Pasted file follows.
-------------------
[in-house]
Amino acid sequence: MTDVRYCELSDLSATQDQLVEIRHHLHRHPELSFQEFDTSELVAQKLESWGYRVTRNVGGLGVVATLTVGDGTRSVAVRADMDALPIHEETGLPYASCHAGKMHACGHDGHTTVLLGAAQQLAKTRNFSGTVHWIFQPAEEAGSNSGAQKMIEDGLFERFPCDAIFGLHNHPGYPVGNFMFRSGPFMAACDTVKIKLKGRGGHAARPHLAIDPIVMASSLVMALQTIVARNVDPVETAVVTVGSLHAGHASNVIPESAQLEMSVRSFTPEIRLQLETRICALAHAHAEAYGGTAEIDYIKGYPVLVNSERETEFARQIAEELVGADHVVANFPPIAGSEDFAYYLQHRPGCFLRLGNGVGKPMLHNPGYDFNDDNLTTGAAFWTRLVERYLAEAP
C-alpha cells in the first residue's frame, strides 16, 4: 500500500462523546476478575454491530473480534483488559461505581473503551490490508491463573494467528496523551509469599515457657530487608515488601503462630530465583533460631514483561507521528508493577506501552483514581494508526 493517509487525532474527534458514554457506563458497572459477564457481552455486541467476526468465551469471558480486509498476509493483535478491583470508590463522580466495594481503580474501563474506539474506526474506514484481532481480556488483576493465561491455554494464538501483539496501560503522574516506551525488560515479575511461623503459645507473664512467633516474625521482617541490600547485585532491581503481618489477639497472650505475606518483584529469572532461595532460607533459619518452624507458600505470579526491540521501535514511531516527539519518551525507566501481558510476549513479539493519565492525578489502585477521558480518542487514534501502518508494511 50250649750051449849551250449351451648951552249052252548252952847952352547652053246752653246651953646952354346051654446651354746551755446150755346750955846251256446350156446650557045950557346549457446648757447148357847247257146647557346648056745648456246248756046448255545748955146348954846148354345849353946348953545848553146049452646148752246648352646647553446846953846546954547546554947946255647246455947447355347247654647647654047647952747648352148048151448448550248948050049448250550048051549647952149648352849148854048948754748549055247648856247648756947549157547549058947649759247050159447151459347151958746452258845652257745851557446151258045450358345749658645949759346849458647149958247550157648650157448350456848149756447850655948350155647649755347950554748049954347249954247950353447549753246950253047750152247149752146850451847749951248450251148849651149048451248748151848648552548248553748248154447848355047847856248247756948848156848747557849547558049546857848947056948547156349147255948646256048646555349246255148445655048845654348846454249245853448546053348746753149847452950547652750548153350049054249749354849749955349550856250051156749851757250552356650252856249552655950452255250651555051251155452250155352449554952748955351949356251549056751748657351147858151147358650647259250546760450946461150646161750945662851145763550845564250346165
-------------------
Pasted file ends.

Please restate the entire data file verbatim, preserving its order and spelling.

[in-house]
Amino acid sequence: MTDVRYCELSDLSATQDQLVEIRHHLHRHPELSFQEFDTSELVAQKLESWGYRVTRNVGGLGVVATLTVGDGTRSVAVRADMDALPIHEETGLPYASCHAGKMHACGHDGHTTVLLGAAQQLAKTRNFSGTVHWIFQPAEEAGSNSGAQKMIEDGLFERFPCDAIFGLHNHPGYPVGNFMFRSGPFMAACDTVKIKLKGRGGHAARPHLAIDPIVMASSLVMALQTIVARNVDPVETAVVTVGSLHAGHASNVIPESAQLEMSVRSFTPEIRLQLETRICALAHAHAEAYGGTAEIDYIKGYPVLVNSERETEFARQIAEELVGADHVVANFPPIAGSEDFAYYLQHRPGCFLRLGNGVGKPMLHNPGYDFNDDNLTTGAAFWTRLVERYLAEAP
C-alpha cells in the first residue's frame, strides 16, 4: 500500500462523546476478575454491530473480534483488559461505581473503551490490508491463573494467528496523551509469599515457657530487608515488601503462630530465583533460631514483561507521528508493577506501552483514581494508526 493517509487525532474527534458514554457506563458497572459477564457481552455486541467476526468465551469471558480486509498476509493483535478491583470508590463522580466495594481503580474501563474506539474506526474506514484481532481480556488483576493465561491455554494464538501483539496501560503522574516506551525488560515479575511461623503459645507473664512467633516474625521482617541490600547485585532491581503481618489477639497472650505475606518483584529469572532461595532460607533459619518452624507458600505470579526491540521501535514511531516527539519518551525507566501481558510476549513479539493519565492525578489502585477521558480518542487514534501502518508494511 50250649750051449849551250449351451648951552249052252548252952847952352547652053246752653246651953646952354346051654446651354746551755446150755346750955846251256446350156446650557045950557346549457446648757447148357847247257146647557346648056745648456246248756046448255545748955146348954846148354345849353946348953545848553146049452646148752246648352646647553446846953846546954547546554947946255647246455947447355347247654647647654047647952747648352148048151448448550248948050049448250550048051549647952149648352849148854048948754748549055247648856247648756947549157547549058947649759247050159447151459347151958746452258845652257745851557446151258045450358345749658645949759346849458647149958247550157648650157448350456848149756447850655948350155647649755347950554748049954347249954247950353447549753246950253047750152247149752146850451847749951248450251148849651149048451248748151848648552548248553748248154447848355047847856248247756948848156848747557849547558049546857848947056948547156349147255948646256048646555349246255148445655048845654348846454249245853448546053348746753149847452950547652750548153350049054249749354849749955349550856250051156749851757250552356650252856249552655950452255250651555051251155452250155352449554952748955351949356251549056751748657351147858151147358650647259250546760450946461150646161750945662851145763550845564250346165